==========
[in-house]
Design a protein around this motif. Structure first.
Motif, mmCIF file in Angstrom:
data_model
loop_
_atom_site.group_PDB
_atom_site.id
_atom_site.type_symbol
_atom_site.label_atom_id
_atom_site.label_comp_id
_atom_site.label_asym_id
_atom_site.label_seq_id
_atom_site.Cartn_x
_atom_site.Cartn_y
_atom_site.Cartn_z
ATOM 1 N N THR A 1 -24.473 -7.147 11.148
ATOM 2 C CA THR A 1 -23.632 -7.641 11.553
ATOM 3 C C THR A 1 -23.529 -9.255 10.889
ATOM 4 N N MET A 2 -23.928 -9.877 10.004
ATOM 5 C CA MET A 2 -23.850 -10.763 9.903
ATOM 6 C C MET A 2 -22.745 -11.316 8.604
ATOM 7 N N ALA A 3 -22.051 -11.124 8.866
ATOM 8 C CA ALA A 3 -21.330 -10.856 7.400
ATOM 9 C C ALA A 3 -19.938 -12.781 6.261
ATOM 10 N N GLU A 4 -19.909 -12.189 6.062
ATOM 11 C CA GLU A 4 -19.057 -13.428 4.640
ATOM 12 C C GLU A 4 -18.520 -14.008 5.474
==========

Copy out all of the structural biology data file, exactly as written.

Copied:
[in-house]
Design a protein around this motif. Structure first.
Motif, mmCIF file in Angstrom:
data_model
loop_
_atom_site.group_PDB
_atom_site.id
_atom_site.type_symbol
_atom_site.label_atom_id
_atom_site.label_comp_id
_atom_site.label_asym_id
_atom_site.label_seq_id
_atom_site.Cartn_x
_atom_site.Cartn_y
_atom_site.Cartn_z
ATOM 1 N N THR A 1 -24.473 -7.147 11.148
ATOM 2 C CA THR A 1 -23.632 -7.641 11.553
ATOM 3 C C THR A 1 -23.529 -9.255 10.889
ATOM 4 N N MET A 2 -23.928 -9.877 10.004
ATOM 5 C CA MET A 2 -23.850 -10.763 9.903
ATOM 6 C C MET A 2 -22.745 -11.316 8.604
ATOM 7 N N ALA A 3 -22.051 -11.124 8.866
ATOM 8 C CA ALA A 3 -21.330 -10.856 7.400
ATOM 9 C C ALA A 3 -19.938 -12.781 6.261
ATOM 10 N N GLU A 4 -19.909 -12.189 6.062
ATOM 11 C CA GLU A 4 -19.057 -13.428 4.640
ATOM 12 C C GLU A 4 -18.520 -14.008 5.474